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Love and divorce

From Norway we hear of the separation and pending divorce between Princess Märtha Louise and her husband of fourteen years, author Ari Behn. Although not too common within the European Royal families, in recent years there has been an alarming increase in these unhappy events. In England it started off with Princess Margaret in 1978, followed by the Princess Royal in 1992, the Prince of Wales and the Duke of York in 1996. In Denmark there is Prince Joachim in 2005 and in Holland Princess Irene in 1981 and Princess Christina in 1996. There are for obvious reasons fewer cases of divorce within Catholic families, but even they have had their share. Forgetting about the Monegasques, the recent (2009) divorce of Princess Elena of Spain comes to mind as well as a number of them within the house of Orléans. Among the Orthodox Royal Houses in the Balkans and in Russia, divorce seems to be more common than sticking together in lifelong marriages.
    In the 19th century Royal divorces were extremely scarce. Combing the genealogies, one comes up with just a few:



1809     Napoleon  Ω  Josephine
1810     Prince Christian (VIII) of Denmark  Ω  Duchess Charlotte of Mecklenburg-Schwerin
1812     King Gustav IV Adolf of Sweden  Ω  Princess Friederike of Baden
1820     Grand Duke Konstantin Pavlovich  Ω  Princess Juliane of Saxe-Coburg-Saalfeld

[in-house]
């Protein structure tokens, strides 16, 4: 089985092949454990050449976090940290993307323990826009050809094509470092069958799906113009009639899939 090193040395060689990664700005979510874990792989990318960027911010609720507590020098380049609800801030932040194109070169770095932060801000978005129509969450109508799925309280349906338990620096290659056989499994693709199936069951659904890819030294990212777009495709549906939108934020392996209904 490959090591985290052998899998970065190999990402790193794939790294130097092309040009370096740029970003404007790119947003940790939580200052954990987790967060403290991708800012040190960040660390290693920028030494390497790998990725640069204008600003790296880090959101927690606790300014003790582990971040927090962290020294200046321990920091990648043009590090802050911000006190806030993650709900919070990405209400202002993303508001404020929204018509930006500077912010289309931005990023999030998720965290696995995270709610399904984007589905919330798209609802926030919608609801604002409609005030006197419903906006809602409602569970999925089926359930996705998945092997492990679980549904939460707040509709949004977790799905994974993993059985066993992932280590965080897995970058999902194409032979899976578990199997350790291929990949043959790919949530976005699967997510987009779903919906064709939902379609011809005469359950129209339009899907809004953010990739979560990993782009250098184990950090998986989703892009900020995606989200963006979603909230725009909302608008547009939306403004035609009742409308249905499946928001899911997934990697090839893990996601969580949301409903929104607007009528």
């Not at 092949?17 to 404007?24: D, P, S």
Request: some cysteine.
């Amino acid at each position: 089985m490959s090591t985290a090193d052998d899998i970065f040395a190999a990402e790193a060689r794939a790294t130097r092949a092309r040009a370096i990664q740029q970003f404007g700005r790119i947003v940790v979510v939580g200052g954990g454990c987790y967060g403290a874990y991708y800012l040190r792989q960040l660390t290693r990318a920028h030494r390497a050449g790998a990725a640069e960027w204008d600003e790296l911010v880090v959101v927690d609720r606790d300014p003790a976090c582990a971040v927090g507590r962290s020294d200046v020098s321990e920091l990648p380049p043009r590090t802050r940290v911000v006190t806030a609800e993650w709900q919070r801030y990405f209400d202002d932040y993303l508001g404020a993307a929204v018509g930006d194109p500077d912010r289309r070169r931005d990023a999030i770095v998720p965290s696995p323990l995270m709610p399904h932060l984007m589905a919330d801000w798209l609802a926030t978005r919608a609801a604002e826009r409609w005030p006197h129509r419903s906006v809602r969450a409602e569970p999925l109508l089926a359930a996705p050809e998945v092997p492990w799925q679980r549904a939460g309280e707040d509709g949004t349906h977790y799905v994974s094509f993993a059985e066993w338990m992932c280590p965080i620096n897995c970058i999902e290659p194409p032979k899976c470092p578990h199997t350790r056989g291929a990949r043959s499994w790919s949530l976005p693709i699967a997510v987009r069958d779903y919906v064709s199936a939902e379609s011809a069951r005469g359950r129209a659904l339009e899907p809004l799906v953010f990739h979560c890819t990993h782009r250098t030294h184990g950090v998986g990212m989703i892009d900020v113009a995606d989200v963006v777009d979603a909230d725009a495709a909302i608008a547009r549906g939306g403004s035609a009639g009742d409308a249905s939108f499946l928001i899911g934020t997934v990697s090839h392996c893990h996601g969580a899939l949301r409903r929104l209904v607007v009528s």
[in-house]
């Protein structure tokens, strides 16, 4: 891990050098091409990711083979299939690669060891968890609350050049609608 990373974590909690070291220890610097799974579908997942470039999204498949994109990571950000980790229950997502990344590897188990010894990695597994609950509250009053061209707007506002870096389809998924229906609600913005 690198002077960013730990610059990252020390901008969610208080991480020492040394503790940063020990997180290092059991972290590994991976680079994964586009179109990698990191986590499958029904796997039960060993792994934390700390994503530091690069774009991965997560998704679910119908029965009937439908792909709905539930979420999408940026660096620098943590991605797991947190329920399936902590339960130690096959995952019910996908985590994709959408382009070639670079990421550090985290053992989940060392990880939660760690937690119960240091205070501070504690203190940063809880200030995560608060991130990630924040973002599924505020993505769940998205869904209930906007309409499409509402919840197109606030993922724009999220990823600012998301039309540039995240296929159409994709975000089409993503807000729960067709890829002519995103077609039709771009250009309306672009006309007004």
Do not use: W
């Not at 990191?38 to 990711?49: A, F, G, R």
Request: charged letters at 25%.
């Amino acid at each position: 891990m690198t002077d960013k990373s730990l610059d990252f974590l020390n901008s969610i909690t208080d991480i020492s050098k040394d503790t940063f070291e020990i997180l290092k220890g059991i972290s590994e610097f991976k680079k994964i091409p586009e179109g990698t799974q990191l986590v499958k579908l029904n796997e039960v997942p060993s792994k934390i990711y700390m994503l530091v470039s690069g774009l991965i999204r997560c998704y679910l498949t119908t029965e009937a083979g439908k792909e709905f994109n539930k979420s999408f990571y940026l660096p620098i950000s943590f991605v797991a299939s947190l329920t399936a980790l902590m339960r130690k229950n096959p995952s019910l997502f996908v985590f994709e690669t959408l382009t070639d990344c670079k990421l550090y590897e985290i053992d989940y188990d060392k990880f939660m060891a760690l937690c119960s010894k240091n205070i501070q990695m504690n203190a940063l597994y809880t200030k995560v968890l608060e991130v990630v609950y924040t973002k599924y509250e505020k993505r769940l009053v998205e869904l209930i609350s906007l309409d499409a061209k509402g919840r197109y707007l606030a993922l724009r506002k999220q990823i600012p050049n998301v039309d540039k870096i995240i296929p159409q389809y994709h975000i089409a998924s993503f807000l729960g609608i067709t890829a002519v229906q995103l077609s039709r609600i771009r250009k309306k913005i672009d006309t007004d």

1826     Duke Ernst I of Saxe-Coburg-Saalfeld  Ω  Princess Luise of Saxe-Gotha-Altenburg
1837     Crown Prince Frederik (VII) of Denmark  Ω  Princess Wilhelmine of Denmark 
1843     Prince Gustav Wasa (Sweden)  Ω  Princess Luise of Baden 
1846     Crown Prince Frederik (VII) of Denmark  Ω  Duchess Caroline of Mecklenburg-Strelitz
1848     Duke Friedrich of Schleswig-Holstein-Sonderburg-Glücksburg  Ω  
             Princess Adelheid of Schaumburg-Lippe
1849     Princess Marianne of the Netherlands  Ω  Prince Albrecht of Prussia
1861     Landgrave Alexis of Hesse-Philippsthal-Barchfeld  Ω  Princess Luise of Prussia  
1880     Prince Albert I of Monaco  Ω  Lady Mary Douglas-Hamilton

Unique in this collection is the 1848 one, where the couple had married in 1841, only to divorce seven years later. Somehow the relation between them must have improved, since they remarried one another in 1854 and had four more children. One wonders what the story might have been there?     

                                                                                    Ted Rosvall

            

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